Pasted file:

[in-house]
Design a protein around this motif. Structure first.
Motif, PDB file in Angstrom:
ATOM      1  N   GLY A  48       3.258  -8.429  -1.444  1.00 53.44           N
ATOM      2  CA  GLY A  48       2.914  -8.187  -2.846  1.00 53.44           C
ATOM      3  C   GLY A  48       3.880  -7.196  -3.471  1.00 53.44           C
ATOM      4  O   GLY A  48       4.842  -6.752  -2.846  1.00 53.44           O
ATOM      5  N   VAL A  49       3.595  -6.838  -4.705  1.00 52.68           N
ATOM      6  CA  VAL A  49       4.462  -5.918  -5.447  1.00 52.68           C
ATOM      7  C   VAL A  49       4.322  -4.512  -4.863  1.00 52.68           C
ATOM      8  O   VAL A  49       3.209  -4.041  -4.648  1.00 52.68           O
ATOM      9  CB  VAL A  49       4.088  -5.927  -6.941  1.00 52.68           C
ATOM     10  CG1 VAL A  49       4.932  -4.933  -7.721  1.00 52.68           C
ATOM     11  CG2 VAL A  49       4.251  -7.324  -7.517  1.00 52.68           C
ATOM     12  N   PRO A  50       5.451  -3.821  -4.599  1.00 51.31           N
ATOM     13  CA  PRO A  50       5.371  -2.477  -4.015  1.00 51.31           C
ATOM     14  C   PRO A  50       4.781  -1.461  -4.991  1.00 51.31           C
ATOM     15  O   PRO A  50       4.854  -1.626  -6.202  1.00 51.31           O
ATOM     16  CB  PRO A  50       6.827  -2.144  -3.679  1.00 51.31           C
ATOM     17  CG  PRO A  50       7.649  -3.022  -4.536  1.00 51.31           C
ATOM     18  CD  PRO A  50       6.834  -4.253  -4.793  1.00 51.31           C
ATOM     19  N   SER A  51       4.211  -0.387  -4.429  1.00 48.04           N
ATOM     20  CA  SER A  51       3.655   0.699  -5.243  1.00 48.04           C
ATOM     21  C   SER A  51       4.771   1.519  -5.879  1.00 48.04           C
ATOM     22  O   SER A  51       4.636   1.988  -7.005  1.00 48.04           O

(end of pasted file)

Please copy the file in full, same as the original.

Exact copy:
[in-house]
Design a protein around this motif. Structure first.
Motif, PDB file in Angstrom:
ATOM      1  N   GLY A  48       3.258  -8.429  -1.444  1.00 53.44           N
ATOM      2  CA  GLY A  48       2.914  -8.187  -2.846  1.00 53.44           C
ATOM      3  C   GLY A  48       3.880  -7.196  -3.471  1.00 53.44           C
ATOM      4  O   GLY A  48       4.842  -6.752  -2.846  1.00 53.44           O
ATOM      5  N   VAL A  49       3.595  -6.838  -4.705  1.00 52.68           N
ATOM      6  CA  VAL A  49       4.462  -5.918  -5.447  1.00 52.68           C
ATOM      7  C   VAL A  49       4.322  -4.512  -4.863  1.00 52.68           C
ATOM      8  O   VAL A  49       3.209  -4.041  -4.648  1.00 52.68           O
ATOM      9  CB  VAL A  49       4.088  -5.927  -6.941  1.00 52.68           C
ATOM     10  CG1 VAL A  49       4.932  -4.933  -7.721  1.00 52.68           C
ATOM     11  CG2 VAL A  49       4.251  -7.324  -7.517  1.00 52.68           C
ATOM     12  N   PRO A  50       5.451  -3.821  -4.599  1.00 51.31           N
ATOM     13  CA  PRO A  50       5.371  -2.477  -4.015  1.00 51.31           C
ATOM     14  C   PRO A  50       4.781  -1.461  -4.991  1.00 51.31           C
ATOM     15  O   PRO A  50       4.854  -1.626  -6.202  1.00 51.31           O
ATOM     16  CB  PRO A  50       6.827  -2.144  -3.679  1.00 51.31           C
ATOM     17  CG  PRO A  50       7.649  -3.022  -4.536  1.00 51.31           C
ATOM     18  CD  PRO A  50       6.834  -4.253  -4.793  1.00 51.31           C
ATOM     19  N   SER A  51       4.211  -0.387  -4.429  1.00 48.04           N
ATOM     20  CA  SER A  51       3.655   0.699  -5.243  1.00 48.04           C
ATOM     21  C   SER A  51       4.771   1.519  -5.879  1.00 48.04           C
ATOM     22  O   SER A  51       4.636   1.988  -7.005  1.00 48.04           O